At Halcyon Psychology we provide a range of psychological treatments based on research evidence.
Your psychologist will develop a treatment plan in collaboration with you, tailored to your individual needs.
Eye Movement Desensitisation and Reprocessing (EMDR) is a psychotherapeutic approach designed for working with distressing/traumatic memories. EMDR is based on the principle that many psychological issues are the result of distressing past experiences that may not have been processed in memory properly and therefore remain unprocessed or blocked. The feelings and bodily sensations related to these original traumatic experiences may be triggered by similar situations in the present and cause repeated distress. EMDR is a way of reprocessing these past traumatic memories so that they are no longer triggered in this way.
Cognitive processing therapy (CPT) is a type of cognitive behavioural therapy that is used to treat symptoms of psychological distress that have arisen after experiencing traumatic events. CPT may help you gain insight into the way trauma has impacted your beliefs and behaviour, allowing you to create a new understanding of the traumatic event/events. Creating a new understanding of how trauma may have impacted you, can reduce the ongoing impact on your life in the present.
Cognitive Behavioural Therapy (CBT) is a form of therapy used to treat a range of psychological issues. CBT is based on the principle that our beliefs, thoughts, feelings, bodily sensations and behaviours are all interrelated. CBT may help you to identify how particular beliefs and thoughts can, in turn, affect the way you feel and behave. Changing these negative patterns can improve the way you feel.
Acceptance and Commitment Therapy (ACT) is a psychotherapeutic approach that uses acceptance and mindfulness strategies with commitment and behavioural processes to bring about meaning and positive change in your life.
Most of us spend a lot of time trying to avoid, get rid of or distract ourselves from psychological distress which is ineffective in the long run and often makes us feel worse. ACT strategies help us to just notice the negative thoughts and feelings we all have and then to refocus ourselves in the present moment. When we are more aware of what is happening within us and around us in each moment, we are not in our heads struggling with negative thoughts, emotions, worries and distressing memories. This allows us to live our lives more fully rather than on ‘automatic pilot’.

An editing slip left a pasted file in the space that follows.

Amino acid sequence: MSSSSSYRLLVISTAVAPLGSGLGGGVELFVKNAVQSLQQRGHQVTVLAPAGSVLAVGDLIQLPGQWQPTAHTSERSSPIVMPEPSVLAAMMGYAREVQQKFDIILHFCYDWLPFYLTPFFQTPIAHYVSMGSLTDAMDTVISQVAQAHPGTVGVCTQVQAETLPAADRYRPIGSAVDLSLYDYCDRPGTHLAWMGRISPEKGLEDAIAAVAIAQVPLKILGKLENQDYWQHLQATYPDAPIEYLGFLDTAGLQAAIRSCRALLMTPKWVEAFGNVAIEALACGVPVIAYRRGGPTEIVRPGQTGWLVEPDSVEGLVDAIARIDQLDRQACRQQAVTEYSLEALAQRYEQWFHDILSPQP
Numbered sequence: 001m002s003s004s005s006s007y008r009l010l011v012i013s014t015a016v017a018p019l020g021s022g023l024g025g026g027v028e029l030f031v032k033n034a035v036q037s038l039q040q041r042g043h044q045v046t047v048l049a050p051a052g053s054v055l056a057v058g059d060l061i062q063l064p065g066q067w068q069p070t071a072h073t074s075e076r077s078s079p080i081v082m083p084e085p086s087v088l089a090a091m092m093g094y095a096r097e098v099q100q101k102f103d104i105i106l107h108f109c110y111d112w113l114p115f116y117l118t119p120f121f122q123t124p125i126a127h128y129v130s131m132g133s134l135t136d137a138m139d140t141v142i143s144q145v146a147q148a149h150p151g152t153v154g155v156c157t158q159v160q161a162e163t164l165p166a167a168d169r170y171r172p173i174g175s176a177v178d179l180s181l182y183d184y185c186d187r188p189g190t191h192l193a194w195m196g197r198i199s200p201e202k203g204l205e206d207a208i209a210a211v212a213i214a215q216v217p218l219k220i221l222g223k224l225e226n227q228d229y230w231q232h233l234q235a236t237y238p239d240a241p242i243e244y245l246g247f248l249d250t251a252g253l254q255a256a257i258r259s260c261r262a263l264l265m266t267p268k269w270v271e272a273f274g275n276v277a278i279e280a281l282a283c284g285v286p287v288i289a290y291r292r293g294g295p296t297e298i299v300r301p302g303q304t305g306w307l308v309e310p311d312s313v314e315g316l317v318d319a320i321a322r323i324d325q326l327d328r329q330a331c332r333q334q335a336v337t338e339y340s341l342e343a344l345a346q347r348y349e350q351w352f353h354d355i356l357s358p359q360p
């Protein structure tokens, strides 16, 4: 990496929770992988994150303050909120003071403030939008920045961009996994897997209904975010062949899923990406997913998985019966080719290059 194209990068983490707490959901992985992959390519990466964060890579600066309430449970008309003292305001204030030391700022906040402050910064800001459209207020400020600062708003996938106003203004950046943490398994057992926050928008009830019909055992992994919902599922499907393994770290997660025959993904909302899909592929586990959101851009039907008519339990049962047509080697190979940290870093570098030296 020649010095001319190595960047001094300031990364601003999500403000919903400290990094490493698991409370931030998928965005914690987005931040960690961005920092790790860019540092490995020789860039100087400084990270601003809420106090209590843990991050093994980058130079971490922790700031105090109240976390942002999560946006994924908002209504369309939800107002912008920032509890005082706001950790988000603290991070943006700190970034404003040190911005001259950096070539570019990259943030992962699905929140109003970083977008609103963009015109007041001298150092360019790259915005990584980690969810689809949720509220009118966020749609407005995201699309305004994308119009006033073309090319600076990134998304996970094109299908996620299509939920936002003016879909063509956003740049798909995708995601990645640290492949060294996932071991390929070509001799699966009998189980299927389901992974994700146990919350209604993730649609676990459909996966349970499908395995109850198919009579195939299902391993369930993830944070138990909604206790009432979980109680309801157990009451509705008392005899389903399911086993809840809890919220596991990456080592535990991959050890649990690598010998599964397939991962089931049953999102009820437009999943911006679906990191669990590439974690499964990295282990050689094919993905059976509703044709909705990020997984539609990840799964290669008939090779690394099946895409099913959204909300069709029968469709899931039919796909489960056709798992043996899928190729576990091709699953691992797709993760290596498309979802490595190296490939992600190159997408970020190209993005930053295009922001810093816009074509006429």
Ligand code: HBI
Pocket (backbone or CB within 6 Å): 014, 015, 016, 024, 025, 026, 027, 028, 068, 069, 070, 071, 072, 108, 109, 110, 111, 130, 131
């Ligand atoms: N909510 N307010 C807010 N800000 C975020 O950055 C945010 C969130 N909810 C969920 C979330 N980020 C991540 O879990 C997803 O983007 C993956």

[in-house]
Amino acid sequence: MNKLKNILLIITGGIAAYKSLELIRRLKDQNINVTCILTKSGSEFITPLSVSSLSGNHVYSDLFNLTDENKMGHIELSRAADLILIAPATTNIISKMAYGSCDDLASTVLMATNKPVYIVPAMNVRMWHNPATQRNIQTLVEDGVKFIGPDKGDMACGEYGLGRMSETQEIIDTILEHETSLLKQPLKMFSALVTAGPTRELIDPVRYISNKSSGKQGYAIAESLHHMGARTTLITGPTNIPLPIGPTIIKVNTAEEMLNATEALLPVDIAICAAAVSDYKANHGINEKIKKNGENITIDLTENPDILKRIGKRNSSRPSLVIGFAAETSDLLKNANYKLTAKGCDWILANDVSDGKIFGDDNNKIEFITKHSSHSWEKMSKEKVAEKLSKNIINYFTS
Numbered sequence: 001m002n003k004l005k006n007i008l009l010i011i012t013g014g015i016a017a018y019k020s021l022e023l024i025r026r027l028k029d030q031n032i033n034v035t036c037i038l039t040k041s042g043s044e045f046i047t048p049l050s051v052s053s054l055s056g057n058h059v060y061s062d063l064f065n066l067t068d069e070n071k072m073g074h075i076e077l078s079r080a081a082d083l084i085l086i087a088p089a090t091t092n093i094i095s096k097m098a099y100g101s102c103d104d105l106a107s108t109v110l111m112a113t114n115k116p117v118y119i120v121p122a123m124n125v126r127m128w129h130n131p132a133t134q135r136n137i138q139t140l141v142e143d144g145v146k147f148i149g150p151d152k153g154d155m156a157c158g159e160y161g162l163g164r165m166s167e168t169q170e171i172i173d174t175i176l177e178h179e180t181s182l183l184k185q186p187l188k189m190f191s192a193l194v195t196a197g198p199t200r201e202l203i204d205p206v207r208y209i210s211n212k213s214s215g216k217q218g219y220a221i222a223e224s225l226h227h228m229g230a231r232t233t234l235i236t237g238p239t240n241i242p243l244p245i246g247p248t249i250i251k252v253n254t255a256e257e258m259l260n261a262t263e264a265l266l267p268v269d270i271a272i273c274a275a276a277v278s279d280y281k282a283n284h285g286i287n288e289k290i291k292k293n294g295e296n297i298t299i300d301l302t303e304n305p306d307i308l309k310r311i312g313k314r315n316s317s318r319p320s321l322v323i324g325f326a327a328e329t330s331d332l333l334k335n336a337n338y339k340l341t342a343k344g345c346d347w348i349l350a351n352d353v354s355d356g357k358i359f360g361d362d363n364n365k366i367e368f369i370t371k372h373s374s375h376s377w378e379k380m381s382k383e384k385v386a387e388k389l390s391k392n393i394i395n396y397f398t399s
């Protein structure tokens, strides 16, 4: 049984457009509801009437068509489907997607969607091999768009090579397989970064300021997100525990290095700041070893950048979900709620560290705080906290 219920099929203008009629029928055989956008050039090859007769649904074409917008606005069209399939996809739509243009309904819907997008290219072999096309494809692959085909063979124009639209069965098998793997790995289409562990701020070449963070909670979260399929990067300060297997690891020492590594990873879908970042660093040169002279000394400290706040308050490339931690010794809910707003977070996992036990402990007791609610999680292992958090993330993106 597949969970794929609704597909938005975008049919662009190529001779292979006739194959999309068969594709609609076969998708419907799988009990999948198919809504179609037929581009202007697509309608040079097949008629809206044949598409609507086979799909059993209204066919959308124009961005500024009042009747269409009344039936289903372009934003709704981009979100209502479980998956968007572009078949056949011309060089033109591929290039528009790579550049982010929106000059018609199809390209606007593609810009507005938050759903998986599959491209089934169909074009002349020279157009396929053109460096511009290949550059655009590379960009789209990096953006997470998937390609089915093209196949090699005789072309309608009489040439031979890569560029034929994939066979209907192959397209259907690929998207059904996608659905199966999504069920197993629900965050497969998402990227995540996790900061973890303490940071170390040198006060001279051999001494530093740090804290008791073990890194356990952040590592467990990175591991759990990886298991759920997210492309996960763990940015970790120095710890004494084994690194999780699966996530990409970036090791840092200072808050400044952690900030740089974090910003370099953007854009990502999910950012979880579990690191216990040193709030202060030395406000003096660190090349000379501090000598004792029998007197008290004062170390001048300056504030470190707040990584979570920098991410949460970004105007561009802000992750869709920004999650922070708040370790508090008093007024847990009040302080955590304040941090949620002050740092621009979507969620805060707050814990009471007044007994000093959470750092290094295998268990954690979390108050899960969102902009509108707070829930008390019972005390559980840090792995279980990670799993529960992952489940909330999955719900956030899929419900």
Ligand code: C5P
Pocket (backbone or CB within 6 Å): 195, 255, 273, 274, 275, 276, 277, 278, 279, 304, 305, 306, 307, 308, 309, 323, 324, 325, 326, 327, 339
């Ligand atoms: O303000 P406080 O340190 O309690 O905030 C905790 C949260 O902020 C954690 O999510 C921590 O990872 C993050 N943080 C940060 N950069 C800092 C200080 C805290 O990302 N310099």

Dialectical behaviour therapy (DBT) helps develop new skills to manage distressing emotions and to reduce conflict in relationships. DBT focuses on providing therapeutic skills in four key areas.
- Mindfulness focuses on improving the ability to accept and be present in the current moment.
- Distress tolerance focuses on increasing tolerance of negative emotions, rather than trying to avoid them.
- Emotion regulation focuses on building skills to manage and change intense emotions that are causing difficulty.
- Interpersonal effectiveness focuses on developing skills to allow us to communicate with others in a way that is assertive, maintains self-respect, and strengthens relationships.
Schema Therapy is a type of therapy that draws on several different models of therapy, such as cognitive therapy, behaviour therapy, attachment theory, emotion-focused and relationship-based therapies. Schema therapy can help us identify our thought and behaviour patterns, often developed in early life, that underly and perpetuate many psychological issues.
Grief is the natural reaction to loss. Grief is both a universal and personal experience. Individual experiences of grief vary and are influenced by the nature of the loss. Some examples of loss include the death of a loved one, the ending of an important relationship, job loss, loss through financial stress or the loss of independence through disability.
Grief therapy involves providing support for expressing the emotional pain of loss (which can include a wide range of feelings), accepting the loss, and adjusting to life after loss. Many feelings may be experienced during grief such as sadness, anxiety, anger, loneliness, guilt, relief, isolation, confusion, or numbness. Changes in behaviour may also be experienced such as being disorganized and having difficulty concentrating, feeling fatigued, sleep problems, appetite changes, vivid dreams, or daydreaming about a lost loved one. Grief therapy can help you work through these difficult experiences in your own way and in your own time, in a supportive and compassionate space.
Interpersonal therapy (ITP) focuses on the development of skills to improve the quality of interpersonal relationships and to enhance social engagement, to help reduce the psychological distress that may result from problems in these areas.
Relationship therapy provides the skills to improve relationships through increasing closeness and friendship, addressing conflict productively, and building a life of shared meaning together.